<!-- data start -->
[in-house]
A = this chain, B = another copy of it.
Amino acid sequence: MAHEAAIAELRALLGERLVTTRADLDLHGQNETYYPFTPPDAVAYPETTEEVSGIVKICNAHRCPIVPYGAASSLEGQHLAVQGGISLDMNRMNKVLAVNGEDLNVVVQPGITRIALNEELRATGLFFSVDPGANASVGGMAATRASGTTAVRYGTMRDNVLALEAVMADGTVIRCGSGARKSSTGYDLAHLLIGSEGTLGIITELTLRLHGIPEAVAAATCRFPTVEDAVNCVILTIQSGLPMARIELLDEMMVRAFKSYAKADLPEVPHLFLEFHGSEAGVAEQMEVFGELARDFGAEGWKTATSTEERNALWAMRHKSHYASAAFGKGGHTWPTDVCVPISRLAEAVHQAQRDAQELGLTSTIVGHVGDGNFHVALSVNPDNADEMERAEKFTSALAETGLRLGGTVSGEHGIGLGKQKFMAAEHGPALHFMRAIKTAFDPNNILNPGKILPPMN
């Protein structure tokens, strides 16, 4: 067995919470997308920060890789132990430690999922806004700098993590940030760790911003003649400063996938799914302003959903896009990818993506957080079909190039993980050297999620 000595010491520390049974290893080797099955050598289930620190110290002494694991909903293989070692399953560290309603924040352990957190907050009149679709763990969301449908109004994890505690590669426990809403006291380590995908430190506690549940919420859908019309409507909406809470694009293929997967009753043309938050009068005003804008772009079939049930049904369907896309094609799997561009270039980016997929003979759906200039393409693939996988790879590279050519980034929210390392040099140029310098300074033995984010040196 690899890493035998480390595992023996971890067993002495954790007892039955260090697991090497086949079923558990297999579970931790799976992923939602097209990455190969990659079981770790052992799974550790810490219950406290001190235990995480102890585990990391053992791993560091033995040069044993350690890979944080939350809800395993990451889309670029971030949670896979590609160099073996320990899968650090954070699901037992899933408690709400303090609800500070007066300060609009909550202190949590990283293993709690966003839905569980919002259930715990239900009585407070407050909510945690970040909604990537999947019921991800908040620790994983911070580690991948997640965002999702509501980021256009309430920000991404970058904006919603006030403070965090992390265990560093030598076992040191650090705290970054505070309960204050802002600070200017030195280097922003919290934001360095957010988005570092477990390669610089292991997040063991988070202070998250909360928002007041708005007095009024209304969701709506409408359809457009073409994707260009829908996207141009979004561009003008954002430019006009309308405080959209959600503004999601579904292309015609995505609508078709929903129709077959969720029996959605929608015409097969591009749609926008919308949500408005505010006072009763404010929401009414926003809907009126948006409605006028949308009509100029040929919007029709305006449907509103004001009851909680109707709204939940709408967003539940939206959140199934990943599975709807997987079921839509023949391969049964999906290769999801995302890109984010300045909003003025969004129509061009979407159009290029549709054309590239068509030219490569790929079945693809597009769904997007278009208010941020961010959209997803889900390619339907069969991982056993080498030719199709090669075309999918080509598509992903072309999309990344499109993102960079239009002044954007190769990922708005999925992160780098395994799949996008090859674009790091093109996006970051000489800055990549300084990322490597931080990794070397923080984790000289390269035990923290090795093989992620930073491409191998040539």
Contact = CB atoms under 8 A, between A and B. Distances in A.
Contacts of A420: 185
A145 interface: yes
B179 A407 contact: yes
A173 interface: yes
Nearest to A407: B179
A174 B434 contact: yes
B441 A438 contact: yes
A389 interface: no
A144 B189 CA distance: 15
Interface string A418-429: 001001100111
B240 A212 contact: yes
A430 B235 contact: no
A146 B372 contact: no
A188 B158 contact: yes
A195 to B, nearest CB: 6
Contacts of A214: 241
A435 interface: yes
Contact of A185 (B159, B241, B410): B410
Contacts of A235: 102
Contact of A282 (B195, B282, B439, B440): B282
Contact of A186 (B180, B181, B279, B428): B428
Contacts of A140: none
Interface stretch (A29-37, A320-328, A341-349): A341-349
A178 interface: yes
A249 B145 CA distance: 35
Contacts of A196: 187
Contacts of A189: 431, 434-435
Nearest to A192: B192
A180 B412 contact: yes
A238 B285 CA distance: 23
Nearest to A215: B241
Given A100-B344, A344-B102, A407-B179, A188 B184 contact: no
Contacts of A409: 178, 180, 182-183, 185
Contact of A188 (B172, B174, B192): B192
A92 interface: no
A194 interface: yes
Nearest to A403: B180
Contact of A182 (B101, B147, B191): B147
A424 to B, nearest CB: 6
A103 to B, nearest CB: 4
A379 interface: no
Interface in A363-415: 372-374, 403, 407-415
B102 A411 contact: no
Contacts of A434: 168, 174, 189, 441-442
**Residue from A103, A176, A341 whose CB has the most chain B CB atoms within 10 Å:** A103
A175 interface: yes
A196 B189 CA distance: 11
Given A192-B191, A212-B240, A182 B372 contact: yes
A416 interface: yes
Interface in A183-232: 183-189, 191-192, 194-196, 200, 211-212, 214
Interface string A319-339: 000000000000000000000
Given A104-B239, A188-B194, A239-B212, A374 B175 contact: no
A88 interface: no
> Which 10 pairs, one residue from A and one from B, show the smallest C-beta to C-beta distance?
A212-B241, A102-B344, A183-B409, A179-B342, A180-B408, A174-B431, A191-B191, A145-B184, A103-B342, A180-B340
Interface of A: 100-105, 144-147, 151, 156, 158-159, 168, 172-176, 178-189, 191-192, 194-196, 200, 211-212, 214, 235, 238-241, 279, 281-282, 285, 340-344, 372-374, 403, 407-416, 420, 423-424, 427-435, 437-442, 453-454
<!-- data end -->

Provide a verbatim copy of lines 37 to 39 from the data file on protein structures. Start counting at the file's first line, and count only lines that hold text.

Given A100-B344, A344-B102, A407-B179, A188 B184 contact: no
Contacts of A409: 178, 180, 182-183, 185
Contact of A188 (B172, B174, B192): B192